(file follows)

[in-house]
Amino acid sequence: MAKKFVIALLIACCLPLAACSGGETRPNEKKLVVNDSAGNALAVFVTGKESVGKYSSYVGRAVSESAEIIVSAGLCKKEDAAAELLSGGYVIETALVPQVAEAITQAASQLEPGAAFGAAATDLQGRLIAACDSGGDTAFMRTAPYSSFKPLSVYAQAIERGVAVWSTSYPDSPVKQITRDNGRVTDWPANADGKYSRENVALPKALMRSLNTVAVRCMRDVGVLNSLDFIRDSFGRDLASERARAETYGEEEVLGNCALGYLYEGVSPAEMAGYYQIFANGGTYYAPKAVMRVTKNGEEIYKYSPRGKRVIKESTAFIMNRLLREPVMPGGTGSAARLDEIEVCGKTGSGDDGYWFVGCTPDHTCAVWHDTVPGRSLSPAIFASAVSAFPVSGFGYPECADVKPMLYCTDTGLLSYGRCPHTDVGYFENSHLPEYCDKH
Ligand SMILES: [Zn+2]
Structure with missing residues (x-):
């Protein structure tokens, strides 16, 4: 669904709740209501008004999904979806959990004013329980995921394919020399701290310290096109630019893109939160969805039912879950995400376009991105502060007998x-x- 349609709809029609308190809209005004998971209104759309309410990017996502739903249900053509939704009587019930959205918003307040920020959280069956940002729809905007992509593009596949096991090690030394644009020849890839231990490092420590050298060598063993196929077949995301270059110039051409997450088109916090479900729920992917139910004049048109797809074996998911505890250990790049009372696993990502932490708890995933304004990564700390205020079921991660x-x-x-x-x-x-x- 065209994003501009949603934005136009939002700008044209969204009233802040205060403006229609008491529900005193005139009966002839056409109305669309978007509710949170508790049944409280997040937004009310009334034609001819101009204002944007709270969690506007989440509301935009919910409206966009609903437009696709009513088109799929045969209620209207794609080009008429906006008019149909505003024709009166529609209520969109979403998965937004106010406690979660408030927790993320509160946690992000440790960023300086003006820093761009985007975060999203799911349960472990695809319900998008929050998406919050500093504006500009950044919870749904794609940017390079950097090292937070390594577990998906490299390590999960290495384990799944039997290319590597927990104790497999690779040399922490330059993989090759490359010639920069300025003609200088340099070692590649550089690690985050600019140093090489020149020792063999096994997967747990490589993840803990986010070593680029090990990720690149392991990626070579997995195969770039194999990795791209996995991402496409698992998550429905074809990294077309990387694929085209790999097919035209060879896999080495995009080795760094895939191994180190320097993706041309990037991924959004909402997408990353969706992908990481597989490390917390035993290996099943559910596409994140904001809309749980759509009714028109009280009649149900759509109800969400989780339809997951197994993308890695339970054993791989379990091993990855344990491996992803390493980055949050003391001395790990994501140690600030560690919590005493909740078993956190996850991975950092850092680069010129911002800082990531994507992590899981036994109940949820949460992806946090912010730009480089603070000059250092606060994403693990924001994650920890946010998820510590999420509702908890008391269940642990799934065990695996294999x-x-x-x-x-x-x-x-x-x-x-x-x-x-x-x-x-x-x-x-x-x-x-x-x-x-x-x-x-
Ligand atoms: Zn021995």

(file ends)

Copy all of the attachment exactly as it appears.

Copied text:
[in-house]
Amino acid sequence: MAKKFVIALLIACCLPLAACSGGETRPNEKKLVVNDSAGNALAVFVTGKESVGKYSSYVGRAVSESAEIIVSAGLCKKEDAAAELLSGGYVIETALVPQVAEAITQAASQLEPGAAFGAAATDLQGRLIAACDSGGDTAFMRTAPYSSFKPLSVYAQAIERGVAVWSTSYPDSPVKQITRDNGRVTDWPANADGKYSRENVALPKALMRSLNTVAVRCMRDVGVLNSLDFIRDSFGRDLASERARAETYGEEEVLGNCALGYLYEGVSPAEMAGYYQIFANGGTYYAPKAVMRVTKNGEEIYKYSPRGKRVIKESTAFIMNRLLREPVMPGGTGSAARLDEIEVCGKTGSGDDGYWFVGCTPDHTCAVWHDTVPGRSLSPAIFASAVSAFPVSGFGYPECADVKPMLYCTDTGLLSYGRCPHTDVGYFENSHLPEYCDKH
Ligand SMILES: [Zn+2]
Structure with missing residues (x-):
């Protein structure tokens, strides 16, 4: 669904709740209501008004999904979806959990004013329980995921394919020399701290310290096109630019893109939160969805039912879950995400376009991105502060007998x-x- 349609709809029609308190809209005004998971209104759309309410990017996502739903249900053509939704009587019930959205918003307040920020959280069956940002729809905007992509593009596949096991090690030394644009020849890839231990490092420590050298060598063993196929077949995301270059110039051409997450088109916090479900729920992917139910004049048109797809074996998911505890250990790049009372696993990502932490708890995933304004990564700390205020079921991660x-x-x-x-x-x-x- 065209994003501009949603934005136009939002700008044209969204009233802040205060403006229609008491529900005193005139009966002839056409109305669309978007509710949170508790049944409280997040937004009310009334034609001819101009204002944007709270969690506007989440509301935009919910409206966009609903437009696709009513088109799929045969209620209207794609080009008429906006008019149909505003024709009166529609209520969109979403998965937004106010406690979660408030927790993320509160946690992000440790960023300086003006820093761009985007975060999203799911349960472990695809319900998008929050998406919050500093504006500009950044919870749904794609940017390079950097090292937070390594577990998906490299390590999960290495384990799944039997290319590597927990104790497999690779040399922490330059993989090759490359010639920069300025003609200088340099070692590649550089690690985050600019140093090489020149020792063999096994997967747990490589993840803990986010070593680029090990990720690149392991990626070579997995195969770039194999990795791209996995991402496409698992998550429905074809990294077309990387694929085209790999097919035209060879896999080495995009080795760094895939191994180190320097993706041309990037991924959004909402997408990353969706992908990481597989490390917390035993290996099943559910596409994140904001809309749980759509009714028109009280009649149900759509109800969400989780339809997951197994993308890695339970054993791989379990091993990855344990491996992803390493980055949050003391001395790990994501140690600030560690919590005493909740078993956190996850991975950092850092680069010129911002800082990531994507992590899981036994109940949820949460992806946090912010730009480089603070000059250092606060994403693990924001994650920890946010998820510590999420509702908890008391269940642990799934065990695996294999x-x-x-x-x-x-x-x-x-x-x-x-x-x-x-x-x-x-x-x-x-x-x-x-x-x-x-x-x-
Ligand atoms: Zn021995």